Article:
Dr. Mark Rosker became director of DARPA's Microsystems Technology Office (MTO) in April 2019. Prior to this, he was deputy director of Defense Sciences Office (DSO) beginning in April 2018.
Prior to his most recent DARPA appointment, Dr. Rosker was a principal engineering fellow at Raytheon Space and Airborne Systems (SAS) in Rosslyn, Virginia, working to anticipate and recognize emerging technical directions and program opportunities within the government science and technology (S&T) community. From 2003 to 2011, Dr. Rosker was a program manager in DARPA’s Microsystems Technology Office (MTO). As program manager, he developed a portfolio of technical programs in gallium nitride and other compound semiconductor radio frequency (RF) device technologies, heterogeneous circuit integration, terahertz electronics, and quantum cascade lasers. One of Dr. Rosker’s programs, the Wide Band Gap Semiconductors for Radio Frequency Applications (WBGS-RF) program, was selected in 2016 for the prestigious “DARPA Game-Changer Award.” In 2009, Dr. Rosker became the deputy director of MTO, and he ended his first tour as the acting office director.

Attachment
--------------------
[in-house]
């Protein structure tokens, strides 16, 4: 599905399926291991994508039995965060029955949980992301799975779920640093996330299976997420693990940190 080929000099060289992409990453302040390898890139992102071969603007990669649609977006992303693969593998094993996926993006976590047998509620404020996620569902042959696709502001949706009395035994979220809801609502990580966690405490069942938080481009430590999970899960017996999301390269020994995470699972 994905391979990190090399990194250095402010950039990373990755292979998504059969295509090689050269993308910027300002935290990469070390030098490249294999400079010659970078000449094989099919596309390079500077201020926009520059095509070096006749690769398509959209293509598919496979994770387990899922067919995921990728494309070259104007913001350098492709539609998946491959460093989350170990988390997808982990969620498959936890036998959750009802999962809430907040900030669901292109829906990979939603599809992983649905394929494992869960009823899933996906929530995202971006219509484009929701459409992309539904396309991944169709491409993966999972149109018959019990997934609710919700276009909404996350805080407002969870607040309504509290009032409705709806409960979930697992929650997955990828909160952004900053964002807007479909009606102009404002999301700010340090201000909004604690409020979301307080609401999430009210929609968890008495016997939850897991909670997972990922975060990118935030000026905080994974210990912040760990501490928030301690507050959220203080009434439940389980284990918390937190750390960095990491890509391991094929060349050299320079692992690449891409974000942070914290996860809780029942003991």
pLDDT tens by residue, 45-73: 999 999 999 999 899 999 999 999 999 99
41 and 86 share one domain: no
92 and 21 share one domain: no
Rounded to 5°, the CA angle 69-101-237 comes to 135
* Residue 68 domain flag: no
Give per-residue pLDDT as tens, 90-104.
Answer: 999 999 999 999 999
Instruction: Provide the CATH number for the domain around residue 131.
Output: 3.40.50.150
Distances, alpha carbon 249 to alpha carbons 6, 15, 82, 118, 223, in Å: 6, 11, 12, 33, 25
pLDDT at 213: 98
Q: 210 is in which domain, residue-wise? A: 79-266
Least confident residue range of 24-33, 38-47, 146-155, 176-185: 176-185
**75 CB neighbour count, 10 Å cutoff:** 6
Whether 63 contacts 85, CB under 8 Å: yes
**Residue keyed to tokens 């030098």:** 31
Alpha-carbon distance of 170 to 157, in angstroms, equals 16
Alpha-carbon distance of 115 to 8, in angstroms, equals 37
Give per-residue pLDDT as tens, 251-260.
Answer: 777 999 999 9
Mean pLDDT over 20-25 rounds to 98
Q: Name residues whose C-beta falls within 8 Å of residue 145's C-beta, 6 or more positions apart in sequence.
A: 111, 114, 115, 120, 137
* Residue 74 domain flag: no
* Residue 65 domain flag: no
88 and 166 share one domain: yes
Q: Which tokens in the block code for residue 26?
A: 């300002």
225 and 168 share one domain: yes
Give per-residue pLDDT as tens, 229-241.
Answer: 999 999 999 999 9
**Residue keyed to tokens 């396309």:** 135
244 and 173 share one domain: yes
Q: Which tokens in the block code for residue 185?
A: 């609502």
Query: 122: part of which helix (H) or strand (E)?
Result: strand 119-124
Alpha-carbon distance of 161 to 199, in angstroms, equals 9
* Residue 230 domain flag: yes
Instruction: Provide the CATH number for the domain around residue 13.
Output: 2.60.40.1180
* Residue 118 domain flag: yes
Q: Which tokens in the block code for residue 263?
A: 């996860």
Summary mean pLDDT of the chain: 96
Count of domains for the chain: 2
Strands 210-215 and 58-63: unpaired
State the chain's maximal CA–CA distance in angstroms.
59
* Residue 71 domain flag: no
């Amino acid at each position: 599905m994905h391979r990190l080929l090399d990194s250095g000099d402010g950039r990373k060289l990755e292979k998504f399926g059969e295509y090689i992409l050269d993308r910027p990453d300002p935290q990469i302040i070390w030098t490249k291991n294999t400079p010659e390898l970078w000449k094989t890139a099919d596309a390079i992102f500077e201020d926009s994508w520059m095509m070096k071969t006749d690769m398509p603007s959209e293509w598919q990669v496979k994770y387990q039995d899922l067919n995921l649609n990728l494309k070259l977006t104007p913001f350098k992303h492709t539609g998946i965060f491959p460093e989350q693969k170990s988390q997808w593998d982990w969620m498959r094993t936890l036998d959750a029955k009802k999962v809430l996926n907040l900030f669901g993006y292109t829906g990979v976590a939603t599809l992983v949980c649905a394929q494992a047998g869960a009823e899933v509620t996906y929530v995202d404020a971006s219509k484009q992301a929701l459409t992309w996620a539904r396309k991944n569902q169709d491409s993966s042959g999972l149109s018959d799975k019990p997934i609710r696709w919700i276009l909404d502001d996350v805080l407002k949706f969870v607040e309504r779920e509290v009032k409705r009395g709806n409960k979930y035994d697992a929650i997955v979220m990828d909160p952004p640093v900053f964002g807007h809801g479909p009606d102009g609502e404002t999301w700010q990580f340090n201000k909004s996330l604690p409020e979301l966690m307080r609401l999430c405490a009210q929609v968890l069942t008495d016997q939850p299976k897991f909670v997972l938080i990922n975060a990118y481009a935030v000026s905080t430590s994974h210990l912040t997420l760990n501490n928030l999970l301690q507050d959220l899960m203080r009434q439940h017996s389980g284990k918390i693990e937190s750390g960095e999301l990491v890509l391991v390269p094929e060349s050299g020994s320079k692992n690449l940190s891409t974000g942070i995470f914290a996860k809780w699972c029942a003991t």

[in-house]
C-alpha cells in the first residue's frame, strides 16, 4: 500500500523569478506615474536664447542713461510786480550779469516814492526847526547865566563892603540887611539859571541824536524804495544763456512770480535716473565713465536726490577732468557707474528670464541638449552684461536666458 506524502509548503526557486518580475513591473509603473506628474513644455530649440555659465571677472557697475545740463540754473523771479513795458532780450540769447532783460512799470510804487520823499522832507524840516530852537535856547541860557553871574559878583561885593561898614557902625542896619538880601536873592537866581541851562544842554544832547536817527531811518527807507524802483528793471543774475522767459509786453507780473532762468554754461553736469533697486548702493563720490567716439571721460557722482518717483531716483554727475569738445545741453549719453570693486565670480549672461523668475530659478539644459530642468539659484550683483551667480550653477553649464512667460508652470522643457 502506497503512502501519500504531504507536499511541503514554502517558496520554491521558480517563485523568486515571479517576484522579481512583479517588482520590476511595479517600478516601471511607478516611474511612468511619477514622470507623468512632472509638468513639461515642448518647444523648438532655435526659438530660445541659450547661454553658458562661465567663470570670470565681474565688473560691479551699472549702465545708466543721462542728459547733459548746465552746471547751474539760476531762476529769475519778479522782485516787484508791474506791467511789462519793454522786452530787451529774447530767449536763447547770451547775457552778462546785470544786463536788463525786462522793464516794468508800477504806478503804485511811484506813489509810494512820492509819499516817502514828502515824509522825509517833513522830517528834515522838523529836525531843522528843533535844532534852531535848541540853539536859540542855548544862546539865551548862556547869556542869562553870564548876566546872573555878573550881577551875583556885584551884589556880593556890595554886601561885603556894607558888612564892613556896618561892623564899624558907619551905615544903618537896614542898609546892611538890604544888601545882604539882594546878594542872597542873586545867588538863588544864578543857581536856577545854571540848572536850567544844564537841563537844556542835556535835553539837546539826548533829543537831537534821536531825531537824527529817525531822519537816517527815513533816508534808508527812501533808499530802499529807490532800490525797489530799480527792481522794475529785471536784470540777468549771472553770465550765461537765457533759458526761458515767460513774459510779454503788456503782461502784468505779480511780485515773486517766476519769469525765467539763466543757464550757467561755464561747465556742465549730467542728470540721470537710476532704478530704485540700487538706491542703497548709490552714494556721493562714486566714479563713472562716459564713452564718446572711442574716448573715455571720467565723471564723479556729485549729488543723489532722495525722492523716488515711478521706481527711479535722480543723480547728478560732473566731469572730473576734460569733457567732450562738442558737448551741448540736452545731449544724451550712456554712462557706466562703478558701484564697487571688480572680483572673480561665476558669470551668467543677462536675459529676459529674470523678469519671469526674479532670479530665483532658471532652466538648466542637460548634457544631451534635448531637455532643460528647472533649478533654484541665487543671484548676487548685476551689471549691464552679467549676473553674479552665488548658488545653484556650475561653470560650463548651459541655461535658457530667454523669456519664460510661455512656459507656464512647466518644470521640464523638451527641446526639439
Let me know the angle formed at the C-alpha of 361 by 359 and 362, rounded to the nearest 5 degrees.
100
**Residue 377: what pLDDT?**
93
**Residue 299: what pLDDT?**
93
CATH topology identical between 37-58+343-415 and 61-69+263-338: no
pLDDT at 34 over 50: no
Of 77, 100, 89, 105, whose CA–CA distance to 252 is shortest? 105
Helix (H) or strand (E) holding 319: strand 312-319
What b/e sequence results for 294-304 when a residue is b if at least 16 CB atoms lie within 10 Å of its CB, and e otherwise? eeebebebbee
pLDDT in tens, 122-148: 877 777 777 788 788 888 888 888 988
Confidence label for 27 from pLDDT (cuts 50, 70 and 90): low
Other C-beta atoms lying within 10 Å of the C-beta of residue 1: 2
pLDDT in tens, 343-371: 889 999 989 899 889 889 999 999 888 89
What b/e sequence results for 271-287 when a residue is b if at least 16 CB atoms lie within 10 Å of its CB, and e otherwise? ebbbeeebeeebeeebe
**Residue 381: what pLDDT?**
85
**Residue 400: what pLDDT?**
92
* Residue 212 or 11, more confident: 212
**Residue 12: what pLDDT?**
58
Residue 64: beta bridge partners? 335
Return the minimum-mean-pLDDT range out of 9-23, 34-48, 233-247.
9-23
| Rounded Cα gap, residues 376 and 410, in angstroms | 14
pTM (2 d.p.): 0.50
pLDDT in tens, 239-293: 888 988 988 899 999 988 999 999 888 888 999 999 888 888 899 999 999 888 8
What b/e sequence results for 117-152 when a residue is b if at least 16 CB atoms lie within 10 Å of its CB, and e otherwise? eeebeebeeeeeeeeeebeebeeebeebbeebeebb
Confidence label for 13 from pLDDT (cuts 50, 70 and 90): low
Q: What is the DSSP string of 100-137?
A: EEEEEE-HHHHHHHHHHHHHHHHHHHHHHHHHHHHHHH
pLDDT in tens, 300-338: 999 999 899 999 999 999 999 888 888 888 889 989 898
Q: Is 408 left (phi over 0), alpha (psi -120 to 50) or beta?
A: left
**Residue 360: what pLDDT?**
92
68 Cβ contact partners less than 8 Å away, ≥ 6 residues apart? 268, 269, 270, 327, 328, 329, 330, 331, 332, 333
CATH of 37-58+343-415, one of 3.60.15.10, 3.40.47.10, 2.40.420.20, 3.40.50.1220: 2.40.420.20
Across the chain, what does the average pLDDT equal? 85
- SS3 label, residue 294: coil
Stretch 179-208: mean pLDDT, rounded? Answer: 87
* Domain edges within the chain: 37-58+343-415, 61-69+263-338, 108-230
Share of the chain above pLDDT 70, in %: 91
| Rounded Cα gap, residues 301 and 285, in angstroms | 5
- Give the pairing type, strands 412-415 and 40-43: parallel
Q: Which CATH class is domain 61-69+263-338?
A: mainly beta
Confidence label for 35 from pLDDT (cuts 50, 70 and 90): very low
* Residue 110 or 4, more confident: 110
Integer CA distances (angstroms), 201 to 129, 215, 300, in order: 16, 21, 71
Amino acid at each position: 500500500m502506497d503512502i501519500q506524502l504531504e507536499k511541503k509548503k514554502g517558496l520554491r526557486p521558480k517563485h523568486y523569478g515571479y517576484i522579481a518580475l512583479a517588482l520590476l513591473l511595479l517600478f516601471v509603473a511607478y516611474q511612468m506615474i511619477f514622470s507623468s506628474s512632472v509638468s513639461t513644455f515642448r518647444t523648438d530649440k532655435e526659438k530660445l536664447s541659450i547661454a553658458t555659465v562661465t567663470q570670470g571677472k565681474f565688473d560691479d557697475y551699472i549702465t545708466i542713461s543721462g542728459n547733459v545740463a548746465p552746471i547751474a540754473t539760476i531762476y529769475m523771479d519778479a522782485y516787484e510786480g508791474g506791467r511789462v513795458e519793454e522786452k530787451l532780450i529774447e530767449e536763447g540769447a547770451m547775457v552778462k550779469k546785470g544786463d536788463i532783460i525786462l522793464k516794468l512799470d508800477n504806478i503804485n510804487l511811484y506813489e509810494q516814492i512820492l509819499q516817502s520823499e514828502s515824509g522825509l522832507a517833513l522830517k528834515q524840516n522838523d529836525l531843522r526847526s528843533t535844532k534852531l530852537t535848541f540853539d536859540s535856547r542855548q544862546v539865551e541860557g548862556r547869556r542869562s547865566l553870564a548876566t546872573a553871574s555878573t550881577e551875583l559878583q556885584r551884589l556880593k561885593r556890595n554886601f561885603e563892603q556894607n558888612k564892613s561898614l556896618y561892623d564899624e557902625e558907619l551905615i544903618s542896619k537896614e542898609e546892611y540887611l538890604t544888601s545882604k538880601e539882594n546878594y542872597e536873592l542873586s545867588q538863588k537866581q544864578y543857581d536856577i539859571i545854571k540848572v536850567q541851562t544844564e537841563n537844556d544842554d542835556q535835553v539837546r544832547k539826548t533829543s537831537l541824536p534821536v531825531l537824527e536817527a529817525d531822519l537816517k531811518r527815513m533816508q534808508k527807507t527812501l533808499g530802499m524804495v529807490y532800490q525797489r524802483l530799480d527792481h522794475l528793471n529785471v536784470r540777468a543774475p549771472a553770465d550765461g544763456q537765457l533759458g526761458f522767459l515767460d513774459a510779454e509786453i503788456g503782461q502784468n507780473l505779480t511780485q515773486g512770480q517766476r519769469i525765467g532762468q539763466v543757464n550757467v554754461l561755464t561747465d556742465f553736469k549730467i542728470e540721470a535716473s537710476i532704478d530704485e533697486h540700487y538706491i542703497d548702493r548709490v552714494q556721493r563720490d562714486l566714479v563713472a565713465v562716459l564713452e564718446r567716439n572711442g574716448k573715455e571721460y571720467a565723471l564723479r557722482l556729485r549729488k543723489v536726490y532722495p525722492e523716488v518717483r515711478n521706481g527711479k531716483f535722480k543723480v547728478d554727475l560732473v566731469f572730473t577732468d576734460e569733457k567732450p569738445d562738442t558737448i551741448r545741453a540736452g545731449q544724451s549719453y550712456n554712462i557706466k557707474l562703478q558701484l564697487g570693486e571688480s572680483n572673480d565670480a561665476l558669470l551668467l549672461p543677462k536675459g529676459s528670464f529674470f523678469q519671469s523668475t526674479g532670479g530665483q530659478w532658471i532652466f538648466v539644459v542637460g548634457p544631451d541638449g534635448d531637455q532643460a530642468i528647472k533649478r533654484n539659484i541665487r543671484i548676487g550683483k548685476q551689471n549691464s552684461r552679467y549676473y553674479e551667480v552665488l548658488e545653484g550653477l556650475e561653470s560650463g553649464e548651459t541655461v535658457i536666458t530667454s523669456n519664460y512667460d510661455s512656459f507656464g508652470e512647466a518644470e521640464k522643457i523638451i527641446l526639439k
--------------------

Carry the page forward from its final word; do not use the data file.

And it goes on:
Prior to 2003, Dr. Rosker worked in NASA's Jet Propulsion Laboratory (JPL) in Pasadena, California, where he was a member of the submillimeter wave advanced technology group. Dr. Rosker was also at the Rockwell Scientific Co. (now Teledyne Scientific) in Thousand Oaks, California, from 1989 to 2003. His technical work there was in researching nonlinear optics, including photorefractive oscillators and visible and infrared frequency conversion materials and devices, time-domain spectroscopy of optical materials, and optical power limiters. He later led research groups within the materials science and the electronics divisions. From 1986 to 1989, he was a postdoctoral research fellow at Caltech, where he performed fundamental studies (cited in the 1999 Nobel Prize in Chemistry) observing the dynamics of unimolecular chemical reactions in real-time.
He received his Bachelor of Science in physics from the California Institute of Technology in 1981, and his Master of Science (1983) and doctorate (1987) in applied and engineering physics from Cornell University.
In 2012, Dr. Rosker was selected as a Fellow of the IEEE for “his leadership in microwave and millimeter-wave phased arrays, gallium nitride semiconductors, and terahertz electronics.”
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